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Open Files with Finder's App Switcher

Say you're in the Finder looking at a file and you want to open it with an application that's already running but which doesn't own that particular document. How? Switch to that app and choose File > Open? Too many steps. Choose Open With from the file's contextual menu? Takes too long, and the app might not be listed. Drag the file to the Dock and drop it onto the app's icon? The icon might be hard to find; worse, you might miss.

In Leopard there's a new solution: use the Command-Tab switcher. Yes, the Command-Tab switcher accepts drag-and-drop! The gesture required is a bit tricky. Start dragging the file in the Finder: move the file, but don't let up on the mouse button. With your other hand, press Command-Tab to summon the switcher, and don't let up on the Command key. Drag the file onto the application's icon in the switcher and let go of the mouse. (Now you can let go of the Command key too.) Extra tip: If you switch to the app beforehand, its icon in the Command-Tab switcher will be easy to find; it will be first (or second).

Visit Take Control of Customizing Leopard

 
 

CD-WORMs

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One frustration with the new forms of optical storage is that they are mutually incompatible. At least up to now, if rumors on Usenet prove to be true. One rumor says that a European company is working on an erasable optical drive which can also read the CD-ROM disks that are becoming a popular method of distributing large amounts of information. This would be a boon to those of us who would like to read the occasional CD-ROM but don't use them enough to justify a stand-along CD-ROM player. Of course you would still have to need the massive storage abilities of an erasable optical to justify the undoubtedly higher price of a hybrid unit, but that's nitpicking.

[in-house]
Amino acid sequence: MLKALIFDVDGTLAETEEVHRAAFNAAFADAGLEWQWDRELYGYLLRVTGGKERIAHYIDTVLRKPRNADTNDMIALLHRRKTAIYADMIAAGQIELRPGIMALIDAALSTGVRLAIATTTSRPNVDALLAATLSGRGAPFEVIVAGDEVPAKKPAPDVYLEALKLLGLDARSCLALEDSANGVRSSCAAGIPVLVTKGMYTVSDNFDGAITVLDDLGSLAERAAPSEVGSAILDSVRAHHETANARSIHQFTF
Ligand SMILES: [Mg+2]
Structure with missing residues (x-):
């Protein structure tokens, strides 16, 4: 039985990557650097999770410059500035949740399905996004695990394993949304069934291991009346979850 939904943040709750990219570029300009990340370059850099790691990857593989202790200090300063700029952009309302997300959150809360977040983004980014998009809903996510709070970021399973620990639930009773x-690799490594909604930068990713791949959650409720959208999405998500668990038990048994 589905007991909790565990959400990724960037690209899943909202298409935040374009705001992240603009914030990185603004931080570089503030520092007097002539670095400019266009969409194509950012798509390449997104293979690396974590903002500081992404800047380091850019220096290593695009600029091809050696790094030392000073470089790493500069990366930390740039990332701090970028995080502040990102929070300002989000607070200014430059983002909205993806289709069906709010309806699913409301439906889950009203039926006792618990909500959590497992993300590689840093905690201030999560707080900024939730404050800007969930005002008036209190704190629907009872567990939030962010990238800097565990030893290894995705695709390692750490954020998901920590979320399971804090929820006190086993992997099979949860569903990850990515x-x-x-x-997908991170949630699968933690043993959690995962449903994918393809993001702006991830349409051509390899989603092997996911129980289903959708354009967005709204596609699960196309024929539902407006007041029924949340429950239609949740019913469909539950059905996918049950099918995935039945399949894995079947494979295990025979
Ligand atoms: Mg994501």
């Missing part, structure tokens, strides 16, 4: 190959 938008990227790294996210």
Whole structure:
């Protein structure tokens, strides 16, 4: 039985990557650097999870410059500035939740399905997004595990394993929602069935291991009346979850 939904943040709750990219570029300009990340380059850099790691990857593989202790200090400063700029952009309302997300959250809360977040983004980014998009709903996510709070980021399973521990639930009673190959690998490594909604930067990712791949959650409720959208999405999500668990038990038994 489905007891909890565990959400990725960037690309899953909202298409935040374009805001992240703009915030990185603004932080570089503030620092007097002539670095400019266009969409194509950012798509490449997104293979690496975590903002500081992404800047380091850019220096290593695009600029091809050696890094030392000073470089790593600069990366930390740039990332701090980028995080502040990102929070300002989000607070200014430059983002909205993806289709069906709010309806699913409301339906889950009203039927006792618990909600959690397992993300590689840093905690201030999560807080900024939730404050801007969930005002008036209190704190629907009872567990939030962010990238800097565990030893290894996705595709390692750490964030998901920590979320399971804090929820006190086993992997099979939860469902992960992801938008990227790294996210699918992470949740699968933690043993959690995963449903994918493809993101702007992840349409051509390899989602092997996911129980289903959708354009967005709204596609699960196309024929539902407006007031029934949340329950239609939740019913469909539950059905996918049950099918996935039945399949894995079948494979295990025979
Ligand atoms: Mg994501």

A more exciting rumor claims that Yamaha is working on a WORM drive that can write to standard CD-ROM platters, which can then be read in normal CD-ROM players. The advantages of this method of creating CD-ROMs are that the CD-ROM format is standardized, unlike the WORM formats, and CD-ROM platters are far less prone to damage or data loss than tape or magnetic media, making the system ideal for large backup sets.

The ability to create a standard CD-ROM incrementally in a WORM drive is extremely interesting, because it's a relatively complex and expensive procedure to master a CD-ROM, although the price per disk is low after the initial mastering costs. The standard method is to create a tape of the information and then transfer that tape to CD-ROM, a process which is typically clumsy. This ease of production might also increase the use of the sound and digitized graphics, both of which are usually space-hungry. So pay attention for these products and let us know if you hear anything more!

Information from:
Philip Machanick -- philip@pescadero.Stanford.EDU
Eric W. Mitchel -- ewm@mdavcr.UUCP
The Road To CD-ROM, Nimbus Information Systems -- 800/782-0778

 

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